June 15, 2014
June 15, 2014
June 18, 2014
College Industry Partnerships
24.1202.1 - 24.1202.34
A Longitudinal Study of Retention among Undergraduate Engineering Students Based on Co-op Industry Placements, Self- Efficacy, Contextual Support, and Demographic CharacteristicsAbstractThis study presents the final results of a three-year longitudinal study of retention among male andfemale undergraduate engineering students enrolled at four universities. It examines the effect ofcooperative education placements, contextual support, demographic characteristics, and threedimensions of self-efficacy and their change over time on retention, starting with the sophomoreyear. It is based on a pathways model that links contextual support and cooperative education andother forms of work experience to self-efficacy as a basis for retention in college and in theengineering major. As a longitudinal study, it incorporates measures at three time periods duringthe students’ academic experience: their second, third, and fourth years in undergraduate education.The original data pool constituted all second-year (sophomore) students in the colleges ofengineering from the four participating universities. Student respondents initially filled out a 20-minute survey, among which were assessments of three forms of self-efficacy: work, career, andacademic. They then filled out comparable post-surveys one and two years later (as third andfourth-year students) during which those selecting co-op could have completed at least their firstset of co-op placements.The findings verified the pathways model. Academic self-efficacy and contextual support (suchas support from friends and from one’s college) in all time periods were found to be critical toretention. Contextual support was found to be particularly important to women and appears toserve as an inducement to stay in school and in engineering. Work self-efficacy, developed bystudents between their second and fourth years in school, was also an important factor inretention, though it is strongly tied to the students’ participation in co-op programs. It wasfound, at the final survey point of the study, that the more co-ops taken by students, the highertheir retention rate. It was also found that the quality of the industry placement, in particularthrough such dimensions as the chance to make a difference, to be part of a team, and to applyknowledge from one’s major, enhanced students’ subsequent work self-efficacy. Co-op studentswere also found to rely less on support provided by their colleges, friends, parents, and academicadvisors. They were also found to value the instruction of their professors less once returning toclass after their first co-op experience.Among the demographic variables, a relatively high GPA was found to be an inducement topersist in engineering and in school. It was also found, at the second survey point of the study,that a student’s prior SAT scores was a measurable predictor of retention. Finally, those studentswho were accustomed to work over a relatively long period of time were more inclined to leavethe university compared to those who had less work experience in their lifetimes.The findings in particular for co-op and contextual support in this study confirm the value ofstrong college-industry partnerships to provide quality placements for vital entry experienceswithin the workplace and to provide support, especially to women undergraduates, in the form ofcampus engagement to urge students to graduate and enter the engineering workforce.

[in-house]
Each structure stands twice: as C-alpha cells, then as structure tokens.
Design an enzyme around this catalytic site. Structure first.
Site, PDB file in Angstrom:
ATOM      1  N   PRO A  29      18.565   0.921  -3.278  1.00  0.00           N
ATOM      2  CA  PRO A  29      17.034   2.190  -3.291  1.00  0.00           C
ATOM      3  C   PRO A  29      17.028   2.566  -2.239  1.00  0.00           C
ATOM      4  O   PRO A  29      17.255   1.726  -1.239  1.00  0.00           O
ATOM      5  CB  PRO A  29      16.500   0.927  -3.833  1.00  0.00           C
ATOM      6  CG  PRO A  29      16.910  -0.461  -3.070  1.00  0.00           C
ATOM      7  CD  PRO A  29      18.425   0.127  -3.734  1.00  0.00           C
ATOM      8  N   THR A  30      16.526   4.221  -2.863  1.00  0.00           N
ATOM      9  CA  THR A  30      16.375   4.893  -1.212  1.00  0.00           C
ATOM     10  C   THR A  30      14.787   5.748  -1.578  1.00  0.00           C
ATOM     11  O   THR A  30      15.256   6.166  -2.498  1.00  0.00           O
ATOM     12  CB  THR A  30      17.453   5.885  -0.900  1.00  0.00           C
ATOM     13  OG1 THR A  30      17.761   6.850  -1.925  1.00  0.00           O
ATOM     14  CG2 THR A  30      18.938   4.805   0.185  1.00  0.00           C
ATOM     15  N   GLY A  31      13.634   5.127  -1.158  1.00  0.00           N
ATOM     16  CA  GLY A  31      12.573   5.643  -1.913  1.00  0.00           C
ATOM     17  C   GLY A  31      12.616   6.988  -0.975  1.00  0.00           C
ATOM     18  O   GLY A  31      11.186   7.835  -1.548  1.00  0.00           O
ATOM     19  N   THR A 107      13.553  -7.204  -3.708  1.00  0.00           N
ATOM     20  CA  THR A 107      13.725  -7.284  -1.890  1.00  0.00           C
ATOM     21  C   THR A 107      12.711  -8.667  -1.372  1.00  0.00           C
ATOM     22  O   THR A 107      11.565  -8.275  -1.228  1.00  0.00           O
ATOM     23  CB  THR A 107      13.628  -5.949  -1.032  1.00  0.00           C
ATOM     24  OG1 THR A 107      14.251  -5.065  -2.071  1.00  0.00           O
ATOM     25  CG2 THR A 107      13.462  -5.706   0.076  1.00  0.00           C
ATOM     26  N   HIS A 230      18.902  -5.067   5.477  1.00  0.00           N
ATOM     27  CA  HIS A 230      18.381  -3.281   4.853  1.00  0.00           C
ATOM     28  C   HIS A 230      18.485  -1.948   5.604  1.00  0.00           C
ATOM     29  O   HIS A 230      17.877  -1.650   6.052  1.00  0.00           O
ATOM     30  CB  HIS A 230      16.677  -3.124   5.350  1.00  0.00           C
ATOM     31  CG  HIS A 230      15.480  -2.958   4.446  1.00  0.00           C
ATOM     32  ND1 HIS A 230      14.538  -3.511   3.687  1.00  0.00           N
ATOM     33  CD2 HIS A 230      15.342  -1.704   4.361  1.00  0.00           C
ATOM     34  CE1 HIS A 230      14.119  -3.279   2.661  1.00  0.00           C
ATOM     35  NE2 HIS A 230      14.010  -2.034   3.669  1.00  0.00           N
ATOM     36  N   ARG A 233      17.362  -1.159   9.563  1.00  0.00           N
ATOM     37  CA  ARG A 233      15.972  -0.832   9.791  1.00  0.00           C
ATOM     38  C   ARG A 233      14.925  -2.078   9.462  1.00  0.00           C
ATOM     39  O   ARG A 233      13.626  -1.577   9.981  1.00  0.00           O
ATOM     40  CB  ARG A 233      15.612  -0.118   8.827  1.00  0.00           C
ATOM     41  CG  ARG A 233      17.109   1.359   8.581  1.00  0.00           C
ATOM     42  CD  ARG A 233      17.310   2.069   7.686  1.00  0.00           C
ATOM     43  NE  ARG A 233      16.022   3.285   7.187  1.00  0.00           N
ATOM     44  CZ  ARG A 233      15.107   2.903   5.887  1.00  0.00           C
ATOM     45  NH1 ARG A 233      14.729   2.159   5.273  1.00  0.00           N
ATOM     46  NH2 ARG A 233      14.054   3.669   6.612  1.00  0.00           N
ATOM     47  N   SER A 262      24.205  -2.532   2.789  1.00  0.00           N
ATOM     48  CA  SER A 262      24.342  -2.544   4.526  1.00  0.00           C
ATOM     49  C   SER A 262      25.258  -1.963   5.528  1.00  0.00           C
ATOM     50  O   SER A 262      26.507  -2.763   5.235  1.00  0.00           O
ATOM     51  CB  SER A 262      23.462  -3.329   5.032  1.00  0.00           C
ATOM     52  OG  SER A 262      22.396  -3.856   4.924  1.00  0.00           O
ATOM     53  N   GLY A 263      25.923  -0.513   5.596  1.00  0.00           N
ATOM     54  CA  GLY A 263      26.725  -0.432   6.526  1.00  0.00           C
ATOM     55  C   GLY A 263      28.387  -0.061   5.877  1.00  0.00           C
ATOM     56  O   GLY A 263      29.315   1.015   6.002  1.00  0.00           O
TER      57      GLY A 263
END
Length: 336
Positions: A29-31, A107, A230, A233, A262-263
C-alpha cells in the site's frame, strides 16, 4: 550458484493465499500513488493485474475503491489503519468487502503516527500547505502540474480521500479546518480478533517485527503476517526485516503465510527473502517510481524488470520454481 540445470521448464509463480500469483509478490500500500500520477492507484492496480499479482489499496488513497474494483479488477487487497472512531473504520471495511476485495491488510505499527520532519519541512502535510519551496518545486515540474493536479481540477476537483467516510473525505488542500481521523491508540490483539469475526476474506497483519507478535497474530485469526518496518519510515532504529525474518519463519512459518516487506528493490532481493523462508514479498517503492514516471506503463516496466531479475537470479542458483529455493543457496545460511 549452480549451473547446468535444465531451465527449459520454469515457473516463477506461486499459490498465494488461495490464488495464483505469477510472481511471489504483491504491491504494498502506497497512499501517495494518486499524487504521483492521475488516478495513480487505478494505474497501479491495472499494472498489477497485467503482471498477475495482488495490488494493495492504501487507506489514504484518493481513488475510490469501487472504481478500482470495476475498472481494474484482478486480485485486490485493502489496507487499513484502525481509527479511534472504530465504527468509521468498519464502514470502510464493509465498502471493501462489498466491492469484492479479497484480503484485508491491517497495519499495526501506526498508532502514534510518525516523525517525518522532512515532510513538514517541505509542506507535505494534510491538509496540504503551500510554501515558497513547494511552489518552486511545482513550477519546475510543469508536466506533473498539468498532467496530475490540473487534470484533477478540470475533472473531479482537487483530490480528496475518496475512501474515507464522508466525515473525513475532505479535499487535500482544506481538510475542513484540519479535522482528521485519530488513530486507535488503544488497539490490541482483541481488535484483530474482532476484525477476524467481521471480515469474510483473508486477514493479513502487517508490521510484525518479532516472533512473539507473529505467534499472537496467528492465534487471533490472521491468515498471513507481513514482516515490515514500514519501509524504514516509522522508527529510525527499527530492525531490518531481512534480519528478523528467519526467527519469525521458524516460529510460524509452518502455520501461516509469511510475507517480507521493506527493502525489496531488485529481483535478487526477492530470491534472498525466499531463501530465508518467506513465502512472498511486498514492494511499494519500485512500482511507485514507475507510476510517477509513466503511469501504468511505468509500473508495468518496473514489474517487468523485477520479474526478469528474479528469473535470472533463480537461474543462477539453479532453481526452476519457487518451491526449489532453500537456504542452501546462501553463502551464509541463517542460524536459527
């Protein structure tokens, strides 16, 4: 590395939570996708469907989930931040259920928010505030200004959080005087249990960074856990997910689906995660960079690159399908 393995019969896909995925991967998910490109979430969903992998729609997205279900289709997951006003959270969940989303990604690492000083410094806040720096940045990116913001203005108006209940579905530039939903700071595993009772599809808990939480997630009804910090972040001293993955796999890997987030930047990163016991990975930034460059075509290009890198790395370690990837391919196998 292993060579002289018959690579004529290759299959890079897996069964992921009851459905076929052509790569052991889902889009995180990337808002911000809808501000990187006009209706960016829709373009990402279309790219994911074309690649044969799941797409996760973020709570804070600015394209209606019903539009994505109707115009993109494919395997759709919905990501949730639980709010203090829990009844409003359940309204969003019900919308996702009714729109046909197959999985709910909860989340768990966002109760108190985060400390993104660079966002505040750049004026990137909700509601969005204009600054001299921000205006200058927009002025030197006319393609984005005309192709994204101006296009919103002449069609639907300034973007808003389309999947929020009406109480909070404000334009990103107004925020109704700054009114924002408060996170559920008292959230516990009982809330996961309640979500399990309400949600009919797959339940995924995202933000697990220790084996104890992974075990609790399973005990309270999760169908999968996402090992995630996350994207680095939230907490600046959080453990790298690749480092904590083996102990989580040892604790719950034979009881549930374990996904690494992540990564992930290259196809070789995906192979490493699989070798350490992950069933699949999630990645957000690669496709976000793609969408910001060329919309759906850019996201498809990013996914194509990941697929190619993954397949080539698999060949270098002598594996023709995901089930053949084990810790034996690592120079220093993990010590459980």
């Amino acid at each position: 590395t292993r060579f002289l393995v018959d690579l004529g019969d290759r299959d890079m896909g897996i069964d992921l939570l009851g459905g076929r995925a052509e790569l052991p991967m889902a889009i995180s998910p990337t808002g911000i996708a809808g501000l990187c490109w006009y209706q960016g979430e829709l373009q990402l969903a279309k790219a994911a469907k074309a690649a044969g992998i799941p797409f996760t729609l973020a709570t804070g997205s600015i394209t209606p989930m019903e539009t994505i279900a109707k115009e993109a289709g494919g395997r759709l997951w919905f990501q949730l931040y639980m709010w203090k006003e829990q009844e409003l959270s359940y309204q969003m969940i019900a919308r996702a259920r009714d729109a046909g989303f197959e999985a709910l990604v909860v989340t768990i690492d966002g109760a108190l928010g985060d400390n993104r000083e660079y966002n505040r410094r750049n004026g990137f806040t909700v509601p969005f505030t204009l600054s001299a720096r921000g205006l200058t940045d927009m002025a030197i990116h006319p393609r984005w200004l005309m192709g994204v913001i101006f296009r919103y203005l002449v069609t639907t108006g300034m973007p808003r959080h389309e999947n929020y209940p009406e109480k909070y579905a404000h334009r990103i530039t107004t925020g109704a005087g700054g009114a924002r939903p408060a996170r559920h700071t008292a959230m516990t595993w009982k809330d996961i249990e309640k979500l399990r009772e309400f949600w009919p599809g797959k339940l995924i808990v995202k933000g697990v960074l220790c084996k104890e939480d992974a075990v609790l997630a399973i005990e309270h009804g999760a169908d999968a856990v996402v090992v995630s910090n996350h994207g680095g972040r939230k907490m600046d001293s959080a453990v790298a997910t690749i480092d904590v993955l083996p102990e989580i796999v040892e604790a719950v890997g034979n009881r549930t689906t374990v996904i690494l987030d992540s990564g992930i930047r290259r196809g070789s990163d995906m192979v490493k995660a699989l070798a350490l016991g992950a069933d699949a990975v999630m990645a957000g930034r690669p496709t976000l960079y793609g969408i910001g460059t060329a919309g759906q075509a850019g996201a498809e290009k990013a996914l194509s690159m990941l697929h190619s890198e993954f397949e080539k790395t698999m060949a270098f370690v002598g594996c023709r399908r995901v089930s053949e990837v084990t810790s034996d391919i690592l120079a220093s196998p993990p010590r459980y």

Raelin, J. A., & Bailey, M. B., & Hamann, J. C., & Reisberg, R., & Whitman, D. L., & Pendleton, L. K. (2014, June), The Effect of Cooperative Education, Contextual Support, and Self-Efficacy on Male and Female Student Retention Paper presented at 2014 ASEE Annual Conference & Exposition, Indianapolis, Indiana. 10.18260/1-2--23135
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